For decades, Congress has been willing to give its legislative powers to the executive branch in general and the president in particular. Senator Mike Lee writes about why this has happened and what Congress should do to stop this dangerous trend.
He reminds us that President Obama more than 20 times said he didn’t have the authority to rewrite immigration laws, and then did so in 2012 during the height of his reelection campaign. He speculates that a President Kamala Harris could use the broad powers of the National Emergencies Act to declare a national emergency over climate change and justify all sorts of unconstitutional actions.
This is not what the framers intended. The very first clause of the first section of the first article of the Constitution declares: “All legislative powers herein granted shall be vested in the Congress of the United States.” They did that because this branch of government would be most accountable to the people.
Today so much power is in the hands of government bureaucrats as well as in the hands of the president due to actions by previous presidents and various judicial rulings. Congress also has been too willing to give their constitutional power to the president and the executive branch.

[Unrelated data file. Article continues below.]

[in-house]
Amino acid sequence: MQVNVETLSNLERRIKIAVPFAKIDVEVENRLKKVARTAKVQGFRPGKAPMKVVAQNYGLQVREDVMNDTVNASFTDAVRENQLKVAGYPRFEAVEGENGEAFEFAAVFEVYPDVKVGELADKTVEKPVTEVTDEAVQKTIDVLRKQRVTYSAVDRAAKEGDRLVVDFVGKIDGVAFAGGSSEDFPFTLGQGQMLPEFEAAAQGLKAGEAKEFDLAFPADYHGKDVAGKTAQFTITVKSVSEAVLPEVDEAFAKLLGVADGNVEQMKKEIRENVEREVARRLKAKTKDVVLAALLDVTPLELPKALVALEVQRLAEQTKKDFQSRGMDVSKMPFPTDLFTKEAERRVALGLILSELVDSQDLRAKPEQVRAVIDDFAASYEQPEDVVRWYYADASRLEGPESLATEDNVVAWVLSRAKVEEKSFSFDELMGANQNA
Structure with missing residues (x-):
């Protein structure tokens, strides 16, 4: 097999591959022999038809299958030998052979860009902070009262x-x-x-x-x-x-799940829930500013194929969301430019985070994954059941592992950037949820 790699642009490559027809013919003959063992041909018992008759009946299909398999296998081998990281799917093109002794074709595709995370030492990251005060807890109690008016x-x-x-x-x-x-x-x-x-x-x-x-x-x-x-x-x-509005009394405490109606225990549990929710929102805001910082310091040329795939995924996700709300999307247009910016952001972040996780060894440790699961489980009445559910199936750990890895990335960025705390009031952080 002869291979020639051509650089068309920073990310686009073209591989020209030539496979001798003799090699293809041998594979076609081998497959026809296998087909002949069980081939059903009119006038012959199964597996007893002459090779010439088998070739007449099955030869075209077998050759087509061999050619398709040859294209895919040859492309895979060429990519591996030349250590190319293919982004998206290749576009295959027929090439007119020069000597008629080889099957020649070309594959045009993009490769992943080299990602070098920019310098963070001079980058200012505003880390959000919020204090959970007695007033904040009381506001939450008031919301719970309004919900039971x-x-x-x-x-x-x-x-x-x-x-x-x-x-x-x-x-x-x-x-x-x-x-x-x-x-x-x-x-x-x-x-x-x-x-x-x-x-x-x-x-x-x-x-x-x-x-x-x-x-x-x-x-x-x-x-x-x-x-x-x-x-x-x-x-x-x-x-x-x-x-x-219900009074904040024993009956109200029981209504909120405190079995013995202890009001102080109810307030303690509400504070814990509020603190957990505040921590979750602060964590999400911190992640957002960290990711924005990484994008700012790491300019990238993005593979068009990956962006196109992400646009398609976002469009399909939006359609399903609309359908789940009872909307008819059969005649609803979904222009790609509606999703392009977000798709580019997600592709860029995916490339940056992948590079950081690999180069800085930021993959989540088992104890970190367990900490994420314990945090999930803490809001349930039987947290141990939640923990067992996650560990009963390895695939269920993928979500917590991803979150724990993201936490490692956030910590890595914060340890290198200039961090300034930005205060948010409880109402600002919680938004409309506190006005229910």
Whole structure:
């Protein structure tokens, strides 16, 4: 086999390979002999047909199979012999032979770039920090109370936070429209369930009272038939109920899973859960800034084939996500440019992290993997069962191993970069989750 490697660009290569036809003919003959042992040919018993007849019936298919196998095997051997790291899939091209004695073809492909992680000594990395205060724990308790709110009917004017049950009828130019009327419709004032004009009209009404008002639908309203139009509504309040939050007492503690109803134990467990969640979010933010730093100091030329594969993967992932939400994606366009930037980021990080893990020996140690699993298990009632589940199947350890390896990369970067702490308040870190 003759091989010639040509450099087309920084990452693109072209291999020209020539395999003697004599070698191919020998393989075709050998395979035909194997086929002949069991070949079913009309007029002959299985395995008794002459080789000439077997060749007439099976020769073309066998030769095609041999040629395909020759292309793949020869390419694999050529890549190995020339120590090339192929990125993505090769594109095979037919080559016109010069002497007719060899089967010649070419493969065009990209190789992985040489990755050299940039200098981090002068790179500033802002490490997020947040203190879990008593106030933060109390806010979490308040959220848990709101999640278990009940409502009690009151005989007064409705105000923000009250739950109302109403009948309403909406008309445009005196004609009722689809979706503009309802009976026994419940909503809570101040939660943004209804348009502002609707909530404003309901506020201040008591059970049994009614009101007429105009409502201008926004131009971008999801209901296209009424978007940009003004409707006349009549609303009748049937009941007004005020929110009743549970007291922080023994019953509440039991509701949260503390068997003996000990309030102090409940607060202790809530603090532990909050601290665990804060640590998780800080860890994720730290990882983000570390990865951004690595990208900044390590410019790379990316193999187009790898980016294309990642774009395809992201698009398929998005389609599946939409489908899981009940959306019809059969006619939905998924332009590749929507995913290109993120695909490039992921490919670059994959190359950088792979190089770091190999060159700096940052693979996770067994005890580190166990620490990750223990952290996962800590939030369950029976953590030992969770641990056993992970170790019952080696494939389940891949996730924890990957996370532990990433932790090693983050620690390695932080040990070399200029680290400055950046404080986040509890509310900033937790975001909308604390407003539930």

Senator Lee has an agenda of structural reforms to strengthen Congress by restoring legislative powers in a number of key areas. In the past, trying to enact legislation like this would be difficult, if not impossible. But there may be a window, given that Democrats and even never-Trumpers in the Republican Party might be willing to pass some needed legislation.
Of course, this is an election year when traditionally Congress does very little. If nothing happens that would be unfortunate. Too much “legislation” is being written by unelected bureaucrats or by presidential executive orders. We need to return government back to its original foundation.